J.K. Rowling Gives Up Spicy Grindeldore Details

Every now and again, God and Regent of the Wizarding World, J.K. Rowling, decides to gift us with a morsel of fact about the Harry Potter universe. A fact that she definitely had written down somewhere in her draft outlines well in advance of publishing each installment in the series. Absolutely not just something she thought seemed like a neat thing to say about the series that provides her with the soft downy blanket of cash which I assume she sleeps bundled in because obviously that’s what you do when you have that much money, right? If I’m projecting please don’t tell me.

 

Scrooge McDuck dives into a pile of money, saying "I dive around in it like a porpoise!"

Image via Bruce Clay

 

The most recent installment in Rowling’s retcons is a tidbit she delivered to Radio Times this past Wednesday: In a bonus feature on the newly released The Crimes of Grindelwald Blu-ray DVD, Rowling and the film’s director, David Yates, discuss the intimacies of the Dumbledore/Grindelwald affair, addressing the long-speculated question of whether or not Grindelwald reciprocated Dumbledore’s love. According to Rowling, the feelings were mutual, but this doesn’t appear in the books because, reasons. As all Potterheads are aware, the romantic relationship between Dumbledore and Grindelwald has been left out of the books and movies, and is only considered canonical because of Rowling’s post-Potter comments. But the sexual aspect of their relationship is even further obscured (which is understandable given that, above all things, Harry Potter is for kids), and Rowling’s words on this DVD feature reveal her reason for leaving these spicy details out:

 

So I’m less interested in the sexual side – though I believe there is a sexual dimension to this relationship – than I am in the sense of the emotions they felt for each other, which ultimately is the most fascinating thing about all human relationships.

 

This recent development is a definitive statement that the relationship between these two key figures in wizard history was reciprocal, intense, and had a deep influence on their character and the shape that their futures would eventually take. But it’s also a statement that Dumbledore and Grindelwald… you know.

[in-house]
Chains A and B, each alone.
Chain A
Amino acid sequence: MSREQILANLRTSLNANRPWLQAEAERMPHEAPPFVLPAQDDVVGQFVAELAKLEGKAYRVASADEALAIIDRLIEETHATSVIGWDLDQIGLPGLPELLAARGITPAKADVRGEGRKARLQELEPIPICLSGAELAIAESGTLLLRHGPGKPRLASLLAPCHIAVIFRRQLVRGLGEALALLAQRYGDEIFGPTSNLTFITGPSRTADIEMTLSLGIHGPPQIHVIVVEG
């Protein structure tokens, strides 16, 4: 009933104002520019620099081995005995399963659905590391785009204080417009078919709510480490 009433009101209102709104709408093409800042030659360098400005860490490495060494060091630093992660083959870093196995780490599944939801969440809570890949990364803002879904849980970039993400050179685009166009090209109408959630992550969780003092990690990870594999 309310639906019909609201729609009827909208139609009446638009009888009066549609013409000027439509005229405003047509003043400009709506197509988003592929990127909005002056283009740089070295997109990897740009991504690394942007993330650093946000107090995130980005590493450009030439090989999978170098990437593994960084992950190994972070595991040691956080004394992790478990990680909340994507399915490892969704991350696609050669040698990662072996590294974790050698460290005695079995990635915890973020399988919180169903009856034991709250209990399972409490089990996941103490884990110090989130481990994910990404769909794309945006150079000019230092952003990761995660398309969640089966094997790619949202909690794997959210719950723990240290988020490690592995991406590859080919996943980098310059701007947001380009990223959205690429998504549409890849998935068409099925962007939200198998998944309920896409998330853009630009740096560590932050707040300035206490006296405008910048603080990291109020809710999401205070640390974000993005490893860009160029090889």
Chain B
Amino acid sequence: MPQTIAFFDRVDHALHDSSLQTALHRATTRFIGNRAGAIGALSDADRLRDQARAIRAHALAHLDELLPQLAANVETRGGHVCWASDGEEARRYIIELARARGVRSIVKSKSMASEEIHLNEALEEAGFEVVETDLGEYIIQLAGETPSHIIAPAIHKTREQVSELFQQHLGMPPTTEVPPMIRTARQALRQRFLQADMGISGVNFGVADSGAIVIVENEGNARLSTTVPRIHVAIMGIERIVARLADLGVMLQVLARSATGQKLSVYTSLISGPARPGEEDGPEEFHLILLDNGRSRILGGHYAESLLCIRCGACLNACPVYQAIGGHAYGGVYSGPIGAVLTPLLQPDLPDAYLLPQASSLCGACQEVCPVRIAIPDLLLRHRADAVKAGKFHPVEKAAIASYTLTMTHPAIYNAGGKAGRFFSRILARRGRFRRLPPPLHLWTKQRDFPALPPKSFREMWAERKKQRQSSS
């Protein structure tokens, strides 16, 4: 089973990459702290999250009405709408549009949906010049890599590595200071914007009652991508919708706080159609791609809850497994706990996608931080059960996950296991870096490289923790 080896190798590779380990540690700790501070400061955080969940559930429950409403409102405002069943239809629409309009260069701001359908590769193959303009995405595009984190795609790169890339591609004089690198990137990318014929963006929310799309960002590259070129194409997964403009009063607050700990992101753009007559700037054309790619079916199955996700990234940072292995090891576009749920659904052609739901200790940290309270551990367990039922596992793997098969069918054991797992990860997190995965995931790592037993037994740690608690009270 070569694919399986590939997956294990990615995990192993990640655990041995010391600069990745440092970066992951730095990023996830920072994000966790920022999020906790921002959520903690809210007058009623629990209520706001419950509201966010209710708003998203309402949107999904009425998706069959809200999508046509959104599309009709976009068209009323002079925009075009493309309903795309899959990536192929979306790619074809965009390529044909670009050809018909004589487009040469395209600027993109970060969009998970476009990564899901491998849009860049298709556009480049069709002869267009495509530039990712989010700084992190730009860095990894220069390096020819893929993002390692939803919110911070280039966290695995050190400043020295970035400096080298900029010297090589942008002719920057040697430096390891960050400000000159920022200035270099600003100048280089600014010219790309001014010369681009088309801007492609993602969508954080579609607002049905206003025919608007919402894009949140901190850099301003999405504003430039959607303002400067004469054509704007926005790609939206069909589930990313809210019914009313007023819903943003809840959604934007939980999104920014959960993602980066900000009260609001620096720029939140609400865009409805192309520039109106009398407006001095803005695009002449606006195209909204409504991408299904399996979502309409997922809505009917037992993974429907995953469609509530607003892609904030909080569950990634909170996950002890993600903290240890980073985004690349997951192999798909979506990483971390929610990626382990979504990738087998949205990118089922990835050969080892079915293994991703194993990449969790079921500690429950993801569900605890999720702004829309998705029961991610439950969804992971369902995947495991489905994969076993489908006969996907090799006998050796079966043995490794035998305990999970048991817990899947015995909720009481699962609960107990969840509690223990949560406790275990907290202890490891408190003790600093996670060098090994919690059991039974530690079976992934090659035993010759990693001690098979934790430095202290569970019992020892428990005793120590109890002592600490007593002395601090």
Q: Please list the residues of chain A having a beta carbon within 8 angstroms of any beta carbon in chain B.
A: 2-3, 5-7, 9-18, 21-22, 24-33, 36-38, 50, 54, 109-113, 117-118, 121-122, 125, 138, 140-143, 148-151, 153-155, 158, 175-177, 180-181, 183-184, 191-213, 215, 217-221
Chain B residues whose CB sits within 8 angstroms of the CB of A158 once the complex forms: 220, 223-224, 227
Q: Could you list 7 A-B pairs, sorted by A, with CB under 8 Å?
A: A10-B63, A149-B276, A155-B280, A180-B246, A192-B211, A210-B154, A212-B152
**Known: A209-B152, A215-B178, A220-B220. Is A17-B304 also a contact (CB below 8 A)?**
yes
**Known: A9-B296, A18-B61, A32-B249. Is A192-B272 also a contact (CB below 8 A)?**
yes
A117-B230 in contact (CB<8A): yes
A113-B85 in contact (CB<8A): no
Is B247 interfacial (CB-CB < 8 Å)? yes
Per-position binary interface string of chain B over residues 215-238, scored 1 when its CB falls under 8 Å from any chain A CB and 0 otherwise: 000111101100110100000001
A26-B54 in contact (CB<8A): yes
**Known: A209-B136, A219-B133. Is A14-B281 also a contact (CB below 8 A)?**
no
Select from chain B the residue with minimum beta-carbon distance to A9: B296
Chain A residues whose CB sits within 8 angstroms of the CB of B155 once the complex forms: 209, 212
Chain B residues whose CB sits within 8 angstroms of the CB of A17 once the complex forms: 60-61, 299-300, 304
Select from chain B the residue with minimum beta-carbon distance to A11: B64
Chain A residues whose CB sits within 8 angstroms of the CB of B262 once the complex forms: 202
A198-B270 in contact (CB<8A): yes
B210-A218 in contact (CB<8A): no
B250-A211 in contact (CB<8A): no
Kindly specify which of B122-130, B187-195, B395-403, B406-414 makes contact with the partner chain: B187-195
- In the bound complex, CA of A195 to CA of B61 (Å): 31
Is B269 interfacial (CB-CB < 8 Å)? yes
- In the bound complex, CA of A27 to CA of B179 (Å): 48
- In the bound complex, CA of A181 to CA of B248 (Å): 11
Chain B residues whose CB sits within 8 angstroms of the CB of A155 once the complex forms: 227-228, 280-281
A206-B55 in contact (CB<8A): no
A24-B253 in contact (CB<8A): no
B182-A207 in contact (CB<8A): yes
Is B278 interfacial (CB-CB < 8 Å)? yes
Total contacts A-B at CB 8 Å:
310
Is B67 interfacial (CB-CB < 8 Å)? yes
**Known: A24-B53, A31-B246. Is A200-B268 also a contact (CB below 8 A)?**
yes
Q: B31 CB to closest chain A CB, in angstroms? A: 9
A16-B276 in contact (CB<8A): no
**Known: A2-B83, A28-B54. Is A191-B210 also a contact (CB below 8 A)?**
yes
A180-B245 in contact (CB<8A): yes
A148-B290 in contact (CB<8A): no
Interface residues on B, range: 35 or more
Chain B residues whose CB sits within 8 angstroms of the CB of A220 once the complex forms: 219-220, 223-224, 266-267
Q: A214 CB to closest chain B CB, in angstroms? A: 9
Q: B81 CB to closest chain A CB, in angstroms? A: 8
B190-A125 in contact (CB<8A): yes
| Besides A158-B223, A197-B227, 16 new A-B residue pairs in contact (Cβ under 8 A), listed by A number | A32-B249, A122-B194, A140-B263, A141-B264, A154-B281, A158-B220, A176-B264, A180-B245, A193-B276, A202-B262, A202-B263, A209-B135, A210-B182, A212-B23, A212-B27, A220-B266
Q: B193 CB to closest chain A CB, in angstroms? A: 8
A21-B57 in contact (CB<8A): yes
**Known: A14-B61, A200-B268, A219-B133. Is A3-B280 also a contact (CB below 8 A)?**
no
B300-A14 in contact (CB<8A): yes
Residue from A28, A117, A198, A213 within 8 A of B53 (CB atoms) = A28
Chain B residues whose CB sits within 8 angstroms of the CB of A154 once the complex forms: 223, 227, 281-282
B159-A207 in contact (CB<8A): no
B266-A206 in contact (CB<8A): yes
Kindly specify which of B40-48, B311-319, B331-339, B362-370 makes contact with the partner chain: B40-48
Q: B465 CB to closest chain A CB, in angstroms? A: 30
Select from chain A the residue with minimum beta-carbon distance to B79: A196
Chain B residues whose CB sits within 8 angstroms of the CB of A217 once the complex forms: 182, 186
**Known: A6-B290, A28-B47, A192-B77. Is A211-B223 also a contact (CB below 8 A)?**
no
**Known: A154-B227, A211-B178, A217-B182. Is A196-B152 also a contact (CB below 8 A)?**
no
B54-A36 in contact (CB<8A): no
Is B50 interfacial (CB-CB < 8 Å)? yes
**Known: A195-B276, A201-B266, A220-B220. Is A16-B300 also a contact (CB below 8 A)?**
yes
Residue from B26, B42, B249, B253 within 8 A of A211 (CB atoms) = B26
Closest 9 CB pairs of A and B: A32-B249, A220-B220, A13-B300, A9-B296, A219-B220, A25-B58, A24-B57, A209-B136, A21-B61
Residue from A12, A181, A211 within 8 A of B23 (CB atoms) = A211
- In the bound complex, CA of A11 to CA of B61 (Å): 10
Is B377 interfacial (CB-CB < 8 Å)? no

... you know ;)

Image via Tumblr

 

There’s so much to unpack about this, and as with most cases of J.K. Rowling retroactively fleshing (eyes emoji) out the HP universe, it has resulted in some gorgeous Twitter comedy.

 

 

But there is a less jovial turn to the response to Rowling’s latest afterthought addition. Anyone who has read the Harry Potter books and watched the Harry Potter movies knows that none of these things she says make it into any of her writing, nor any of the film adaptations. The romantic and sexual orientations of Dumbledore and Grindelwald only exist in her head. The significance of this is not lost on her audience, nor her former audience.

 

It was one thing in 2007 when she first announced that “Dumbledore is gay” at Carnegie Hall. Marriage equality only existed in a handful of U.S. states, the Defense of Marriage Act was still enforceable, we didn’t even have Glee yet, which would expose many people of my generation to the first gay character they would see on screen. Despite not being a part of the books, it still meant a lot to people that Rowling would have one of her most crucial characters identify as gay. Now, however, it’s 2019. The U.S. has marriage equality (and hopefully we keep it), while not repealed, DOMA has been rendered impotent by Obergefell v. Hodges, and Glee‘s been off the air since 2015, and has itself been put through scrutiny for its lack of LGBTQIA+ diversity, a fact glossed over by its initial novelty.

 

In other words, Rowling could get away with this before, when including queer characters in media, especially children’s media, was practically unheard of, and the vicious backlash against that which did exist usually won. The book series is over and done with, but there is no reason why Dumbledore and Grindelwald’s relationship should be completely omitted from the new Fantastic Beasts film series. The excuse of children’s media doesn’t even hold water anymore, in fact, Cartoon Network recently hosted the first lesbian wedding on a children’s television show last year on its groundbreaking cartoon, Steven Universe, to the joy of many queer households.

 

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